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LOCAL PARTNERS 2015

PARTNERS 2015



 

 

Joburg Radio Days

 

MEDIA PARTNERS 2015

 

 

 

 

 


Vicsek Ferenc

Klubrádió’s fight for free speech


Freedom of speech is not protected by the EU. Klubrádió could be the first of many radio stations fighting laws designed to silence government opposition.

The Hungarian radio station Klubrádió have lost important licenses in Hungary after the government passed a new media law. The new law favours the ruling political power, where the country’s prime minister Viktor Orbán is also a powerful media owner. Orbán blames what he calls “leftist media” for losing him an election back in 2002.

The law, effectively legislating the news/talk-formatted Klubrádió out of existence, is enforced by a government appointed media authority. The opposition in the country accused the Orbán government of censorship, and Thursday’s session at Radiodays presented the modern day case of David and Goliath.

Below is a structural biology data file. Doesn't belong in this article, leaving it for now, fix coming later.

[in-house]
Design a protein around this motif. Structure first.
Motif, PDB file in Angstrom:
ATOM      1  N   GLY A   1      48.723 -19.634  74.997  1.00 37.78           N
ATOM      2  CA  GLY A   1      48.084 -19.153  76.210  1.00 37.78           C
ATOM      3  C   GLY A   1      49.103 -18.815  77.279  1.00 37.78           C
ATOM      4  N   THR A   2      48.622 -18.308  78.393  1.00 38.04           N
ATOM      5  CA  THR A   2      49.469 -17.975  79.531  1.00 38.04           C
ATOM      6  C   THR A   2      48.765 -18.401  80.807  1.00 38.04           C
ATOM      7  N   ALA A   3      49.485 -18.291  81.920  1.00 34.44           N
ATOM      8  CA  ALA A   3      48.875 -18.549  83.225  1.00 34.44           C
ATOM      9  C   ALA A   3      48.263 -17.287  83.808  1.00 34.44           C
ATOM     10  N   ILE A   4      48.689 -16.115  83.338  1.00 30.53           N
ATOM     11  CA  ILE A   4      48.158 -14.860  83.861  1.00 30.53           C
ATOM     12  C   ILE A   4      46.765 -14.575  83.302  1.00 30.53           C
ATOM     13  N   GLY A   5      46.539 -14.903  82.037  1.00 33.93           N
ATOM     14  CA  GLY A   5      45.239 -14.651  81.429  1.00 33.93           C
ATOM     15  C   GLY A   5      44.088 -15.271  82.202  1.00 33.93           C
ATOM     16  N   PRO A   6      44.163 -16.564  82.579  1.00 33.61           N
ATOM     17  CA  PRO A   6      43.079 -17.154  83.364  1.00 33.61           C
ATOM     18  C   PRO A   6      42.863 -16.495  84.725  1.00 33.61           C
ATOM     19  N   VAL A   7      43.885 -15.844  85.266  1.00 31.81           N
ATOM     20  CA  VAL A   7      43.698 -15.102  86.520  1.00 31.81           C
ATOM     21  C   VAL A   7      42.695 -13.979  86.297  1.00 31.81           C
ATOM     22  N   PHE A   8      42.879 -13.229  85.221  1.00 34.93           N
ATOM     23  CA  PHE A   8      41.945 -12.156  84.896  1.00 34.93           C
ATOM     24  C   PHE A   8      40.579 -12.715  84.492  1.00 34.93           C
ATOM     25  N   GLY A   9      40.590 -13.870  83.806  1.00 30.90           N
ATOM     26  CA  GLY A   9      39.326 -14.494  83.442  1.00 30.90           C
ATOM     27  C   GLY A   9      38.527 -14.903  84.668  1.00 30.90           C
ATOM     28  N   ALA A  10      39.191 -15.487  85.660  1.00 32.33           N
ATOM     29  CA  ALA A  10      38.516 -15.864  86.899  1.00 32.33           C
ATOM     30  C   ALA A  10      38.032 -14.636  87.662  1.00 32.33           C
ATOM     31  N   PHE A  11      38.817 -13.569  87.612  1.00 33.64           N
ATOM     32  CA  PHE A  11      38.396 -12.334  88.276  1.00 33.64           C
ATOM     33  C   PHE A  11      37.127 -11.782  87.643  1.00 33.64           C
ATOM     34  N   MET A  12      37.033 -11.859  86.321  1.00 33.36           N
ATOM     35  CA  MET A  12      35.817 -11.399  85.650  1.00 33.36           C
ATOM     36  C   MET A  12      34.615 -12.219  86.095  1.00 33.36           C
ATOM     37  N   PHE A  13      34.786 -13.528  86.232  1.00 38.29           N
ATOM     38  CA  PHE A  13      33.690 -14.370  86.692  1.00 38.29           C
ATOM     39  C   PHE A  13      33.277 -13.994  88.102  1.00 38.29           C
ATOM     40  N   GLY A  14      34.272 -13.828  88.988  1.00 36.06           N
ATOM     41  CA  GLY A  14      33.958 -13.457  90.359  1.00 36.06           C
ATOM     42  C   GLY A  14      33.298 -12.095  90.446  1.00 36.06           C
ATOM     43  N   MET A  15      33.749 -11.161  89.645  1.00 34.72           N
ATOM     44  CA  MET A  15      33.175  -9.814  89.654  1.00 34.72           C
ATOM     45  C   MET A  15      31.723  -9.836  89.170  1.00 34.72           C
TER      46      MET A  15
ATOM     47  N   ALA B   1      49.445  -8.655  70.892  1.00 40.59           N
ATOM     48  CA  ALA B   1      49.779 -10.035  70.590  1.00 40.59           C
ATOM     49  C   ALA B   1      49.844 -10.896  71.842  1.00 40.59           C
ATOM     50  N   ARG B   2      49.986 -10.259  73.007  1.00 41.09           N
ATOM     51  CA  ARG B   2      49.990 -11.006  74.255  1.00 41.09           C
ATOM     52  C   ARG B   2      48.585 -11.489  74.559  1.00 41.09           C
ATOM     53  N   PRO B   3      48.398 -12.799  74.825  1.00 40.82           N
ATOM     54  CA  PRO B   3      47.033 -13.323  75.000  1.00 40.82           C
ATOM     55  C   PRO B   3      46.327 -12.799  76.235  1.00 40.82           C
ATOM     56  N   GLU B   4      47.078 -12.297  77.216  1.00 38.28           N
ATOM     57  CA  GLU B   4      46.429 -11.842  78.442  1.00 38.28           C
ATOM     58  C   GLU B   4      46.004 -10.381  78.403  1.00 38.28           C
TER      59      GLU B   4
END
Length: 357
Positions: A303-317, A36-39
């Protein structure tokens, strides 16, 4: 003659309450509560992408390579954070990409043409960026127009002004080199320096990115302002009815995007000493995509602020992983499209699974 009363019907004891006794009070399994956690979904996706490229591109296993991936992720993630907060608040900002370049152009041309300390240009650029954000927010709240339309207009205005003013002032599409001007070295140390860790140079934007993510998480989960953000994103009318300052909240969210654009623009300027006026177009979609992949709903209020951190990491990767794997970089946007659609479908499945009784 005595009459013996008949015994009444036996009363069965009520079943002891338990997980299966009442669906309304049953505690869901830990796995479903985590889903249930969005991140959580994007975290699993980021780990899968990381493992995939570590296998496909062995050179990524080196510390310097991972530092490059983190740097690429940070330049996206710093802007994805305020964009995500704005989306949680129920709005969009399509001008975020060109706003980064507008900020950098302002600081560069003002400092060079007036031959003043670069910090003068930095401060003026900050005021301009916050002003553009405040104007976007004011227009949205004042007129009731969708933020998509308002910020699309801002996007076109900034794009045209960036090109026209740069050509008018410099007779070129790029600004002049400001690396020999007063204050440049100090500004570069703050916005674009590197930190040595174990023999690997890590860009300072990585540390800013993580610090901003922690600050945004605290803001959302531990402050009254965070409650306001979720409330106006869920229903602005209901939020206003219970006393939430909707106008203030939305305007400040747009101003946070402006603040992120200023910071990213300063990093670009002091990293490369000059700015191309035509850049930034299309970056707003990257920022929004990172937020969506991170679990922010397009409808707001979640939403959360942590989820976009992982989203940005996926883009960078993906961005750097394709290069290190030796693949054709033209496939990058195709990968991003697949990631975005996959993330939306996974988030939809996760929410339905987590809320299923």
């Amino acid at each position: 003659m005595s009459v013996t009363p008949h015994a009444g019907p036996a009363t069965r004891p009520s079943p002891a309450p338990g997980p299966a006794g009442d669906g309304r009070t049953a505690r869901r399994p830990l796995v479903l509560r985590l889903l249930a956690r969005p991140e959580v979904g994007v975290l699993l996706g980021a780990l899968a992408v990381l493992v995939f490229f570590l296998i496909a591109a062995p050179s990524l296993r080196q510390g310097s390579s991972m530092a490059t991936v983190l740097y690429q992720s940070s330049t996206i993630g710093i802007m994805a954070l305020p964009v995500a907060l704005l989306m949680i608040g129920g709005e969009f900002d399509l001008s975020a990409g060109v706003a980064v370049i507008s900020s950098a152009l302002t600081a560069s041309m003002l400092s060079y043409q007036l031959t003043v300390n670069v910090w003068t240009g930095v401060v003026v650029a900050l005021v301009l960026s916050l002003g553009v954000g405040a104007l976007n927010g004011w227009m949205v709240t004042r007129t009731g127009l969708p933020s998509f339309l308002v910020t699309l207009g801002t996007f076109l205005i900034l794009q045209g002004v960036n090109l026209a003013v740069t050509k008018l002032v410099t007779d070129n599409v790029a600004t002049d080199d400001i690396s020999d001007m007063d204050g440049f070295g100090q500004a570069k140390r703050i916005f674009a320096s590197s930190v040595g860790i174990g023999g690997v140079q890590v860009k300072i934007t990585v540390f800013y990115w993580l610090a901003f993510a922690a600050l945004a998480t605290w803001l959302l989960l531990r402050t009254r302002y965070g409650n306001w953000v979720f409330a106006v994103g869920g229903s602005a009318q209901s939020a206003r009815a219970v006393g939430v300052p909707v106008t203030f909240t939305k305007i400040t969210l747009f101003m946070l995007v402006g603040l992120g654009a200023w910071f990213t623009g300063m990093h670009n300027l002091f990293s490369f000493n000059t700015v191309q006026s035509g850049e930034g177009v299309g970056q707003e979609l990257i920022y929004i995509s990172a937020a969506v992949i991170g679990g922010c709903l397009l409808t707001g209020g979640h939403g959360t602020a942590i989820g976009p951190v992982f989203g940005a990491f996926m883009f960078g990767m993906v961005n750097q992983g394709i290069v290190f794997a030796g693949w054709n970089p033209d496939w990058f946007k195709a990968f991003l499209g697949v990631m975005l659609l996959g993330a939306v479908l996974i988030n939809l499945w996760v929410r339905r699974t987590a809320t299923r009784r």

On Wednesday this week an appeal court overturned the decision to hand Klubrádió’s license to another station. But this comes only as a bitter sweet victory for station manager Vicsek Ferenc.

“Even if we could get back our license we would not be able to afford to use it”, he said to the packed auditorium.

Ferenc went on to explain how the government is key in allowing a radio station to generate revenue by buying airtime for public information campaigns. This privilege would not be awarded to an opposition radio station.

The well attended session were given a warning by Ferenc.

“This could happen in any country in the EU”.

In her presentation Amy Brouillet highlighted the less than favourable conditions for media in other European countries, such as France and Italy. But other countries are moving in the same direction as Hungary.

“At the moment the Polish government are considering a similar media law”, she said during the Q&A part of the session, in reply to a question if this could be reality in other countries in the EU.

There are no European law that protect the freedom of speech, and if there was such a law it would be a question on how to police it. The plight of Klubrádió was eagerly discussed on Twitter during the session, with many expressing their support for the radio station and its ongoing fight against the Orbán-government.